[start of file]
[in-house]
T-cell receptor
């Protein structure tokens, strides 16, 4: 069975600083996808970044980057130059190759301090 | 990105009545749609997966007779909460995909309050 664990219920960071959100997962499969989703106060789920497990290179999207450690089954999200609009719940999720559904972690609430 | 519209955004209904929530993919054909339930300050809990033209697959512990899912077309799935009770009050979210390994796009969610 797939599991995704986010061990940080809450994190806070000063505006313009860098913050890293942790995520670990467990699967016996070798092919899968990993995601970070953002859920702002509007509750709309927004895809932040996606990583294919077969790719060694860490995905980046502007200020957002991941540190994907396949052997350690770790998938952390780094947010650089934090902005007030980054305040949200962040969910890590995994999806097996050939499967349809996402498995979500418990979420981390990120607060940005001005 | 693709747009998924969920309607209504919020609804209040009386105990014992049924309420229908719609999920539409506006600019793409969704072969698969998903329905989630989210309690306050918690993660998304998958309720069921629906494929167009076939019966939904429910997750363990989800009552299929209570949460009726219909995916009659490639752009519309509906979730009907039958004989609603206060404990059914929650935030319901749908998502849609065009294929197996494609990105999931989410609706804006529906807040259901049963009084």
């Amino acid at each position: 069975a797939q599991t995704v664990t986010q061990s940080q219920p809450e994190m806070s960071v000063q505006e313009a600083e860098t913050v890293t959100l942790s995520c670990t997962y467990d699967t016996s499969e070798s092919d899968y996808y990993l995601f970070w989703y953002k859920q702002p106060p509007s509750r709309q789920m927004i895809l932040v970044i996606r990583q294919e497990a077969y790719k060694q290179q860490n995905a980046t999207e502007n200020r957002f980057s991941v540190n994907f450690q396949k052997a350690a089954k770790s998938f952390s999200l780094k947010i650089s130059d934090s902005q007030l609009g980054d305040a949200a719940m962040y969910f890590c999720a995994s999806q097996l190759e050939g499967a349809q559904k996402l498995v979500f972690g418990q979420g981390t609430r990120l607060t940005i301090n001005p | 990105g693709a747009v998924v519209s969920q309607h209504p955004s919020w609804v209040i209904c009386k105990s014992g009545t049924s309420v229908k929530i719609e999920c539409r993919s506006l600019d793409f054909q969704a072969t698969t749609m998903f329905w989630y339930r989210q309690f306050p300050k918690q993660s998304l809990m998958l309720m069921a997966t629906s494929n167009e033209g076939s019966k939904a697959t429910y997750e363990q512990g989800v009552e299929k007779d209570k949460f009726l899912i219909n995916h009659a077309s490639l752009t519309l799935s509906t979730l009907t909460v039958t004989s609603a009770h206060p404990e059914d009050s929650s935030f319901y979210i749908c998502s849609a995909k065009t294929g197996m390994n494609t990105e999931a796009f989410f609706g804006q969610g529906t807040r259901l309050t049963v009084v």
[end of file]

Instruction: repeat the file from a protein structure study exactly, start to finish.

[in-house]
T-cell receptor
């Protein structure tokens, strides 16, 4: 069975600083996808970044980057130059190759301090 | 990105009545749609997966007779909460995909309050 664990219920960071959100997962499969989703106060789920497990290179999207450690089954999200609009719940999720559904972690609430 | 519209955004209904929530993919054909339930300050809990033209697959512990899912077309799935009770009050979210390994796009969610 797939599991995704986010061990940080809450994190806070000063505006313009860098913050890293942790995520670990467990699967016996070798092919899968990993995601970070953002859920702002509007509750709309927004895809932040996606990583294919077969790719060694860490995905980046502007200020957002991941540190994907396949052997350690770790998938952390780094947010650089934090902005007030980054305040949200962040969910890590995994999806097996050939499967349809996402498995979500418990979420981390990120607060940005001005 | 693709747009998924969920309607209504919020609804209040009386105990014992049924309420229908719609999920539409506006600019793409969704072969698969998903329905989630989210309690306050918690993660998304998958309720069921629906494929167009076939019966939904429910997750363990989800009552299929209570949460009726219909995916009659490639752009519309509906979730009907039958004989609603206060404990059914929650935030319901749908998502849609065009294929197996494609990105999931989410609706804006529906807040259901049963009084």
């Amino acid at each position: 069975a797939q599991t995704v664990t986010q061990s940080q219920p809450e994190m806070s960071v000063q505006e313009a600083e860098t913050v890293t959100l942790s995520c670990t997962y467990d699967t016996s499969e070798s092919d899968y996808y990993l995601f970070w989703y953002k859920q702002p106060p509007s509750r709309q789920m927004i895809l932040v970044i996606r990583q294919e497990a077969y790719k060694q290179q860490n995905a980046t999207e502007n200020r957002f980057s991941v540190n994907f450690q396949k052997a350690a089954k770790s998938f952390s999200l780094k947010i650089s130059d934090s902005q007030l609009g980054d305040a949200a719940m962040y969910f890590c999720a995994s999806q097996l190759e050939g499967a349809q559904k996402l498995v979500f972690g418990q979420g981390t609430r990120l607060t940005i301090n001005p | 990105g693709a747009v998924v519209s969920q309607h209504p955004s919020w609804v209040i209904c009386k105990s014992g009545t049924s309420v229908k929530i719609e999920c539409r993919s506006l600019d793409f054909q969704a072969t698969t749609m998903f329905w989630y339930r989210q309690f306050p300050k918690q993660s998304l809990m998958l309720m069921a997966t629906s494929n167009e033209g076939s019966k939904a697959t429910y997750e363990q512990g989800v009552e299929k007779d209570k949460f009726l899912i219909n995916h009659a077309s490639l752009t519309l799935s509906t979730l009907t909460v039958t004989s609603a009770h206060p404990e059914d009050s929650s935030f319901y979210i749908c998502s849609a995909k065009t294929g197996m390994n494609t990105e999931a796009f989410f609706g804006q969610g529906t807040r259901l309050t049963v009084v």